The Townsend Cabernet Sauvignon is named after a neighbor June Townsend who in 1998 sold 24 acres of land to Antica that was not yet developed to vineyards. June was a 7th Day Adventist and did not drink alcohol. Ironically, her former land is now home to some of Antica’s finest Cabernet Sauvignon vineyard blocks and in tribute to June, they named the wine after her. Usually under 300 cases of this flagship Cabernet Sauvignon is produced annually; it does not see distribution.
The 2016 Antica G&G Soracco is named in honor of an Atlas Peak neighbor (Mr. Soraco) who brought over cuttings of Muscat from Italy (now grown on the Antica Estate). The G&G comes from the Soraco brothers initials of their first names. Dark amber in the glass with rich aromatics of honey, stone fruit and an orange peel zest. Certainly sweet but not cloyingly so, this bottling offers flavors of honey, brown sugar and ripe apricot. Noticeably supple in texture from start to the end – this wine does not show an oily ‘heaviness’ characterized by sometimes riper desert wines of this style. The finish is soft and lingers with flavors of honey. Decent acidity. Definitely serve chilled.
And in addition to the wines, Antica also produces premium estate grown extra virgin olive oil – harvested from approximately 500 olive oil trees growing on the property.
The wines can be purchased direct – they do have national distribution but with only about 10,000 cases total, distribution is somewhat selective. Locally you can find the wine at the Bounty Hunter in the city of Napa.
In October 2017 the devastating Atlas Peak fire burned around their vineyards and right up to almost the edge of the winery – remarkably the hospitality center and offices did not burn. And only a few rows of Sangiovese were actually damaged by the fire – these limited losses were quite amazing considering the scope and power of this fire.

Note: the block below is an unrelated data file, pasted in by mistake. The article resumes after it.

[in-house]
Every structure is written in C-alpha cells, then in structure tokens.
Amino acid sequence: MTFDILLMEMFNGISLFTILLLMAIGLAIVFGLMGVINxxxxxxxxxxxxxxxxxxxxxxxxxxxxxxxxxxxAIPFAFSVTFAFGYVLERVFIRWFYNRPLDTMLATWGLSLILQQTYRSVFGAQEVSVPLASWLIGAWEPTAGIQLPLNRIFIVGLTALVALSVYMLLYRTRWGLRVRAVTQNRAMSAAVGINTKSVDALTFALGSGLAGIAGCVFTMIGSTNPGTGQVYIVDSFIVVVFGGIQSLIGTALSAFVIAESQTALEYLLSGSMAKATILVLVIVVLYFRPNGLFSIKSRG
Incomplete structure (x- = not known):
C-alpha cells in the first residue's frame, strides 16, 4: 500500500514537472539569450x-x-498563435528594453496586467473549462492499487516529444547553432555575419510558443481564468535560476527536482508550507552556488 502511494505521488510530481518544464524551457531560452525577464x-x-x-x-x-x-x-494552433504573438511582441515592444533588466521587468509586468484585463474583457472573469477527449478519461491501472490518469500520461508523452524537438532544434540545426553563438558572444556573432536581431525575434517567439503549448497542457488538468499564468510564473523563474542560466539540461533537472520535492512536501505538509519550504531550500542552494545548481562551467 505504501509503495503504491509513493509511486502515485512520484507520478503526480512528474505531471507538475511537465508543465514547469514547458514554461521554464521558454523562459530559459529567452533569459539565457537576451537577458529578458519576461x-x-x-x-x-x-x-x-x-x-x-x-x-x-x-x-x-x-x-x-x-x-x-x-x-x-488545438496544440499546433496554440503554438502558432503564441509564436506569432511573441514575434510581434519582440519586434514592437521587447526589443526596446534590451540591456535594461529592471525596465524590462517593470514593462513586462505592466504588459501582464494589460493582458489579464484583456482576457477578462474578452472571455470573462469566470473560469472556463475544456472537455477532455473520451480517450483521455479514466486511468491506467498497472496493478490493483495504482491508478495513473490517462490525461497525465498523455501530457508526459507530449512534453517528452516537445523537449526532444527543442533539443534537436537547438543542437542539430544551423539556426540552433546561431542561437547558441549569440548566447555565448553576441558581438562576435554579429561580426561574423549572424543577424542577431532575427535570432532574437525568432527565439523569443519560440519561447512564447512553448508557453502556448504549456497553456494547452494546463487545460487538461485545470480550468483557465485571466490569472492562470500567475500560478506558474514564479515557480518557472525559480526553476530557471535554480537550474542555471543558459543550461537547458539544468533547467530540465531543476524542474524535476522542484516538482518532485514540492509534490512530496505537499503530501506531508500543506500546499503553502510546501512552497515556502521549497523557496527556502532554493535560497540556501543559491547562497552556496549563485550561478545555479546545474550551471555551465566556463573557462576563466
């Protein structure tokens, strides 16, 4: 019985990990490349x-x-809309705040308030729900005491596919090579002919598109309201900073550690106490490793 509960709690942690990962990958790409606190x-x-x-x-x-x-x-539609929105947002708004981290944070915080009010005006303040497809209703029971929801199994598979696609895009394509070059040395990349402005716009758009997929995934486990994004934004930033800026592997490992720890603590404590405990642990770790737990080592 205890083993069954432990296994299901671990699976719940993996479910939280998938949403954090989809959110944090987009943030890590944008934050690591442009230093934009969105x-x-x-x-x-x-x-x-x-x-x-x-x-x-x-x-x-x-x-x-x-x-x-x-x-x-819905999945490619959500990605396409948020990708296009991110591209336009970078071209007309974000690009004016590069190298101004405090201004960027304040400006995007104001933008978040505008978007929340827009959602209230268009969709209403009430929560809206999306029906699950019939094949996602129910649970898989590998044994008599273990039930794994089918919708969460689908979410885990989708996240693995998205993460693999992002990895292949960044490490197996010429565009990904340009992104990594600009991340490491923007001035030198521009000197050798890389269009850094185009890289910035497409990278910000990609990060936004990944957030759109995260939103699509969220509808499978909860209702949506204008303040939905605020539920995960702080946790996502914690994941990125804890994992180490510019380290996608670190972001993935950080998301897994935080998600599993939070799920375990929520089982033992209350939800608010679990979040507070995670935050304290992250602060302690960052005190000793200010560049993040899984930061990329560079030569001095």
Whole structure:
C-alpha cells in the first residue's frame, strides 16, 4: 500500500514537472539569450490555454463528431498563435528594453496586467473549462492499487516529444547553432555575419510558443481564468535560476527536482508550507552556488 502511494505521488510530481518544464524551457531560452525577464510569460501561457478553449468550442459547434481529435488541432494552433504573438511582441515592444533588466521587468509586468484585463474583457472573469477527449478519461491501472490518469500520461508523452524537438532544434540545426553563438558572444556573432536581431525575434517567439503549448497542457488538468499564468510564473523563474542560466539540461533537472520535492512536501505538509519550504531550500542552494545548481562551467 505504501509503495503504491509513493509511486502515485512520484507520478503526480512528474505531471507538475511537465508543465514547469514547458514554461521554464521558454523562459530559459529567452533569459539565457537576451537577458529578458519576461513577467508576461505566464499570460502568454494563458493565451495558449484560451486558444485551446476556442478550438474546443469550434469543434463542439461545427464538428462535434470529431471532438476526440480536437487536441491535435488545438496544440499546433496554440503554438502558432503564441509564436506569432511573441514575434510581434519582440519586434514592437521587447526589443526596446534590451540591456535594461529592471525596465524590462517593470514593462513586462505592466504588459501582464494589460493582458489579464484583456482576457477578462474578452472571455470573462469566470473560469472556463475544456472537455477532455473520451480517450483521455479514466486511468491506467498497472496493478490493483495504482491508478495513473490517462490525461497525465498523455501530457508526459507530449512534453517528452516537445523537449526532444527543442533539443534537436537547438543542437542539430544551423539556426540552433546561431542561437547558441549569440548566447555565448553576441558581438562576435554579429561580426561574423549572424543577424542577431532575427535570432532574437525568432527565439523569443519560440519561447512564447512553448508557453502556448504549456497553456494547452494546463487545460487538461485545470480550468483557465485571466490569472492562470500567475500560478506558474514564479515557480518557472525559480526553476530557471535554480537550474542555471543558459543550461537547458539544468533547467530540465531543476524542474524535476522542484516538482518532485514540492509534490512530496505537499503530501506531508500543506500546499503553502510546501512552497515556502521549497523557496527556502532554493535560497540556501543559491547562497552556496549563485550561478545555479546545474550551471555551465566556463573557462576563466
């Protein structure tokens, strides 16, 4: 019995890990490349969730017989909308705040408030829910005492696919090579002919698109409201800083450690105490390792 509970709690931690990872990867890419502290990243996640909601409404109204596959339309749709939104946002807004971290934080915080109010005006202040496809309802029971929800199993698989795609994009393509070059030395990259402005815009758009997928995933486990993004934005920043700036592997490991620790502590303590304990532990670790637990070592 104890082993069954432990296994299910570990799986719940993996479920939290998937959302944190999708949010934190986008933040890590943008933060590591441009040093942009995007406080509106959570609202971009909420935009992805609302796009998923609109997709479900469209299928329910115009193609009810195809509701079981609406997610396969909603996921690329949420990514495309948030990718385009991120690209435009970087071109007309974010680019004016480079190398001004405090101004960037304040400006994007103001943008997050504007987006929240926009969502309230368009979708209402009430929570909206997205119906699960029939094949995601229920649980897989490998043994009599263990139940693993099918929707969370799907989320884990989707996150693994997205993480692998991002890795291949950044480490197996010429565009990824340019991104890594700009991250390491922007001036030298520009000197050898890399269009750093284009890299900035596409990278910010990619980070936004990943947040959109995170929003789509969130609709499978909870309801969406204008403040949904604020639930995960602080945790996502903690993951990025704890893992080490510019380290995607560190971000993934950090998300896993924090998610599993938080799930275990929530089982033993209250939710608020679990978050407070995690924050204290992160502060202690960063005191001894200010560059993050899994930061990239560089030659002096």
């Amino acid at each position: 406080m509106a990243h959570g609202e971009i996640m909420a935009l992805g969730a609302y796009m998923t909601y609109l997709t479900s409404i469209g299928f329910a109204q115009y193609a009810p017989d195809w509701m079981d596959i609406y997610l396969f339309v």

For more information, to purchase wine, or to schedule a tasting, visit: www.anticanapavalley.com.
Antica Napa Valley
OTHER ANTINORI OWNED FAMILY PROPERTIES, ITALY
The Antinori family owns a number of vineyard and estate properties in Tuscany, Italy. We highlight the ones below that we have personally visited. Additional notes and photography will be added to this review as time and budget permits as we visit more Antinori owned properties.
Antinori Nel Chianti Classico
The estate is located about 25 minutes outside of Florence Italy in the small town of Bargino. This is almost directly south of Florence, off of Highway SR 2 and only about 30 minutes from the beautiful town of Siena. Many airlines and flights connect to Florence including Alitalia, Air Berlin, Delta, KLM and Lufthansa.
A guided tour provides a general overview of the cellar, the winery and its production. Much of the winery is made from local materials and the cellar is no different. Hundreds of “baked” terra cotta bricks line the architecturally pleasing curved walls with barrels neatly organized. Two tasting rooms are perched deck like over the cellar and are lit by intimate lighting. Tastings are hosted in one of these rooms.